I understand what you're going for but the lore doesn't support it(spells aren't split up as vocal/somatic and so on, they're drawn from different sources for different casters that aren't limited like that), and their general design philosophy(which I have my occasional disagreements with as well TBH) goes against this.

 

Also I like Padded Armor. I wear it on my casters. It's a 20% penalty for 6 DR, but 8 Piercing and Crushing. Most ranged damage is piercing and that's a decent amount of mitigation. Plus I'm not always chain casting, you only get so many spells/rest so time constraint often doesn't play into it except on the occasional bigger battles.


Edited by Odd Hermit, 18 March 2015 - 02:04 AM.

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#17
Veevoir

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Wait, then you understood the idea wrong: the idea is to get rid of the recovery time penalty and instead apply limited spell choices.

But it still doesn't solve the problem. It still makes it worse - everyone will wear clothing only not to lose spells (especially damage spells) which are the very basis of the class. Especially considering buff/support spells are reacitonary thing.
Already in PoE if someone is hitting your spellcaster you are doing it wrong. Viability of "combat" mages in plate is already in question. With that suggestion - it won;t make much sense.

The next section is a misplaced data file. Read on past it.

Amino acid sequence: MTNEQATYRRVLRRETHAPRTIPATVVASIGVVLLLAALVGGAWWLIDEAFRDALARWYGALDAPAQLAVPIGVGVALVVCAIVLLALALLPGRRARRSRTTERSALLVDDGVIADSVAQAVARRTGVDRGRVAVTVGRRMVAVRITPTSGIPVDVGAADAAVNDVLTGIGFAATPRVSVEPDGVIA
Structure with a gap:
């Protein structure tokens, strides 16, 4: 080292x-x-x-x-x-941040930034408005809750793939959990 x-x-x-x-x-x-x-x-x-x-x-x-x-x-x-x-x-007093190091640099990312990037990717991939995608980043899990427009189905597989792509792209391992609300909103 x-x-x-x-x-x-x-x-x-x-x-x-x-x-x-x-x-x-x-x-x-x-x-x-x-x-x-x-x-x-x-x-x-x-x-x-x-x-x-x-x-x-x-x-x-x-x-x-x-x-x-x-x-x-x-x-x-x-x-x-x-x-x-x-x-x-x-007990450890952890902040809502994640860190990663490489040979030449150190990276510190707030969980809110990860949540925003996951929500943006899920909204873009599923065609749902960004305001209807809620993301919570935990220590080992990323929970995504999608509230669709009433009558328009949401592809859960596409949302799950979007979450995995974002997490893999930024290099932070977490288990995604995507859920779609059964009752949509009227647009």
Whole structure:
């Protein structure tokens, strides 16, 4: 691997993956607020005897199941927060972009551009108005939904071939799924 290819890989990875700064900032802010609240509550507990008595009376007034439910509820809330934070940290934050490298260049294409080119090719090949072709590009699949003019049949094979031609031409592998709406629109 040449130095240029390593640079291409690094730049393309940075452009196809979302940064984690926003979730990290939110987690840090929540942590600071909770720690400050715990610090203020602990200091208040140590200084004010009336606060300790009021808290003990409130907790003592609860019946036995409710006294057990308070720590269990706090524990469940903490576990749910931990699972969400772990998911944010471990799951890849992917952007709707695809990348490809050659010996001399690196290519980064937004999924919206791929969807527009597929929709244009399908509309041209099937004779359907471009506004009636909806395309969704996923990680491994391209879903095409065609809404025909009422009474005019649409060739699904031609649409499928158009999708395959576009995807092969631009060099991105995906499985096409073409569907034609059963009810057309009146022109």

As for other classes - there will be no reason not to wear plate. Unless abilities also get limited by armor. Which would mean congratulations! You've managed to create D&D armor limitations, even if it is a soft cap (you can use any armor, but it will gimp you so much nobody will do it).

BTW - Currently the armor penalty can be counteracted with dexterity.


Edited by Veevoir, 18 March 2015 - 02:02 AM.


#18
axedice

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DnD 3rd edition max dex modifiers didn't work well either, with leather armors getting the same armor scores as plate if you accumulated enough +dex and no incentive to go lighter when you haven't reach max dex yet.


Disagree with you here, D&D made you wear the amor that suited your dex bonus.

But the main point is, heavy armors need some other penalty that makes sense within the system (banning spells would be terrible I agree), like a deflection penalty.

Plate : -8 def
Mail : -6 def
leather : -4 def

etc. Or maybe a percentage based penalty for your deflection bonuses total, rather than flat values, since -8 is too much on lvl 1, but too little on lvl 10...

I like this second idea better, it's consistent with the game world too. I was also thinking of adding an accuracy penalty, but the moment you reduce dps output, armors are a no-go for most non tanks. While "dodge tanks" aren't preferred by healers in MMO's (spike damage kills healing efficiency heh), it could be an intresting mechanic here.